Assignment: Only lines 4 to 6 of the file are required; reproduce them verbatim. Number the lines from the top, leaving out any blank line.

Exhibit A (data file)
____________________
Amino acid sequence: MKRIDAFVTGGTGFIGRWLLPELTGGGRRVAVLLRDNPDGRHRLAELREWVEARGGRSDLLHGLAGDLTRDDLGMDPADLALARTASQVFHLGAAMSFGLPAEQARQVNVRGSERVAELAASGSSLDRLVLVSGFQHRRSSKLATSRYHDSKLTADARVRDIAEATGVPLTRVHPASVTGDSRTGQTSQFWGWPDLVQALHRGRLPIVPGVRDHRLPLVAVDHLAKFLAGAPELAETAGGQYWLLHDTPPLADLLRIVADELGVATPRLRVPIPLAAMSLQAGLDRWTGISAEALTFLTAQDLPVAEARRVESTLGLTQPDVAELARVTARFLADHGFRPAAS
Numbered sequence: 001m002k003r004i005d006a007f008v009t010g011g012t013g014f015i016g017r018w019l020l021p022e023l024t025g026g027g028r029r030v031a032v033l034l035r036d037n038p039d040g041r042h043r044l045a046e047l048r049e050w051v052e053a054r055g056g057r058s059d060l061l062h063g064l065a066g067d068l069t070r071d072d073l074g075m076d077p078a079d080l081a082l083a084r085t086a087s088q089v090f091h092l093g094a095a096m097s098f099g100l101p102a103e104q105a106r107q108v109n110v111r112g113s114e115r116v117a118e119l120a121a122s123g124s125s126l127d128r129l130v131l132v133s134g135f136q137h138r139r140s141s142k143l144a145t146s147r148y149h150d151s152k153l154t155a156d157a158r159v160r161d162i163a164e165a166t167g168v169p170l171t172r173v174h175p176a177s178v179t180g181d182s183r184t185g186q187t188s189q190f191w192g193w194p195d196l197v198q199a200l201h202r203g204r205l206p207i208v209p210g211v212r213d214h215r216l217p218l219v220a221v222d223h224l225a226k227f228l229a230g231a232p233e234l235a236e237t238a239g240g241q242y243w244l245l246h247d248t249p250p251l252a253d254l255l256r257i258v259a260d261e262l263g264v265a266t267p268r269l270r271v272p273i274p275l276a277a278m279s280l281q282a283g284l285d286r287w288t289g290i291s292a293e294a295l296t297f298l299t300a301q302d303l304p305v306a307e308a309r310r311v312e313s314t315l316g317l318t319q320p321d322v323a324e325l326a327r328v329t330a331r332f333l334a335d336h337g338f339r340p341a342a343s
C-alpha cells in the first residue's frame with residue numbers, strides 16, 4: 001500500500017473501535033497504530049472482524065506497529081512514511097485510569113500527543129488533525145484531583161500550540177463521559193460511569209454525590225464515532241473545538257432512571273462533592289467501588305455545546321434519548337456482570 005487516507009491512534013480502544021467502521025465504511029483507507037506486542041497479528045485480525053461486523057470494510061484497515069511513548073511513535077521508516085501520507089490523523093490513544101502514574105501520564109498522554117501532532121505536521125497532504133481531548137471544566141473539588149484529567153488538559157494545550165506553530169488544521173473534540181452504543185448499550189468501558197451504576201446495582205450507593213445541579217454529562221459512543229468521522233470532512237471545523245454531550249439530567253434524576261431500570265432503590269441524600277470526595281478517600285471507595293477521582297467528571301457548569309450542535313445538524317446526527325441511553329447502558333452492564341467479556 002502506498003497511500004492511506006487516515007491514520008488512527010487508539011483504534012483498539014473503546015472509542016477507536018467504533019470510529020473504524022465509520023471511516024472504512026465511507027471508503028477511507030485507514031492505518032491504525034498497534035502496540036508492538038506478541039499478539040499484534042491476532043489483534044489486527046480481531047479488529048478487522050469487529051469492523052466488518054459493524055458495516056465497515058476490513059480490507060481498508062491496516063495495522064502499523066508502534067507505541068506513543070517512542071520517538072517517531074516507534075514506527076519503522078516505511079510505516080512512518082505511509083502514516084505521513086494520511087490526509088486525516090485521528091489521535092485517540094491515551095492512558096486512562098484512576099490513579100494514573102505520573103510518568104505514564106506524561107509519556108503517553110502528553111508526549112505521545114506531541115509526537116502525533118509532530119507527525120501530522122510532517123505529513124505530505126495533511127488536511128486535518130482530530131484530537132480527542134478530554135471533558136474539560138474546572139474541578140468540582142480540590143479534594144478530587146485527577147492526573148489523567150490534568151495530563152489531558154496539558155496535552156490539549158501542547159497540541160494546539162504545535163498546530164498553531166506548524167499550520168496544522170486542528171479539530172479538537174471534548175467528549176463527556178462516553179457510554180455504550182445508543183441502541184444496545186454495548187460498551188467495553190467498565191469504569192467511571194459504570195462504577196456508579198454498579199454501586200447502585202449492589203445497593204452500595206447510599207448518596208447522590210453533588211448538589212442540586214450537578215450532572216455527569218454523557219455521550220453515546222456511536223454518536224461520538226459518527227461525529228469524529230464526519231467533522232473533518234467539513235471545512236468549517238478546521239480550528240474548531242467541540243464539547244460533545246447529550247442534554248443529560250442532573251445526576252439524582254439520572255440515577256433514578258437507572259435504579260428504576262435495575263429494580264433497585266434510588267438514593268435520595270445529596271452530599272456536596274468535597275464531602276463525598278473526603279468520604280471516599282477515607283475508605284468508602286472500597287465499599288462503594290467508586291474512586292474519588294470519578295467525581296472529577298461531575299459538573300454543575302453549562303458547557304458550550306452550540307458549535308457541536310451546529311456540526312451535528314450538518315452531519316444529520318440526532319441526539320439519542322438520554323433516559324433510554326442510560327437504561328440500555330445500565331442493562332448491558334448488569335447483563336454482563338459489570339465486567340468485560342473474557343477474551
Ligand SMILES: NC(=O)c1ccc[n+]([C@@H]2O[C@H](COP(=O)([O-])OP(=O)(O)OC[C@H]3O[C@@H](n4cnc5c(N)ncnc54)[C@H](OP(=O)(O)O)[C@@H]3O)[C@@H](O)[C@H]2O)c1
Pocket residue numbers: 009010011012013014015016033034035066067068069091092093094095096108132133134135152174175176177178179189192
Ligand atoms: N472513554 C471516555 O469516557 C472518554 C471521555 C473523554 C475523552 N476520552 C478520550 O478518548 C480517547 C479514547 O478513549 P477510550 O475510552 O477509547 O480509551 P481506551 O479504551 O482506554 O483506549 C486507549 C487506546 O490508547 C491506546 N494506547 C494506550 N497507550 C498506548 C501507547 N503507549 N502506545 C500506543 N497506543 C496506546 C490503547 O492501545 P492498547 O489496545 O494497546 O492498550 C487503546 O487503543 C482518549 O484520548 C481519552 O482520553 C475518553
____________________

Ligand SMILES: NC(=O)c1ccc[n+]([C@@H]2O[C@H](COP(=O)([O-])OP(=O)(O)OC[C@H]3O[C@@H](n4cnc5c(N)ncnc54)[C@H](OP(=O)(O)O)[C@@H]3O)[C@@H](O)[C@H]2O)c1
Pocket residue numbers: 009010011012013014015016033034035066067068069091092093094095096108132133134135152174175176177178179189192
Ligand atoms: N472513554 C471516555 O469516557 C472518554 C471521555 C473523554 C475523552 N476520552 C478520550 O478518548 C480517547 C479514547 O478513549 P477510550 O475510552 O477509547 O480509551 P481506551 O479504551 O482506554 O483506549 C486507549 C487506546 O490508547 C491506546 N494506547 C494506550 N497507550 C498506548 C501507547 N503507549 N502506545 C500506543 N497506543 C496506546 C490503547 O492501545 P492498547 O489496545 O494497546 O492498550 C487503546 O487503543 C482518549 O484520548 C481519552 O482520553 C475518553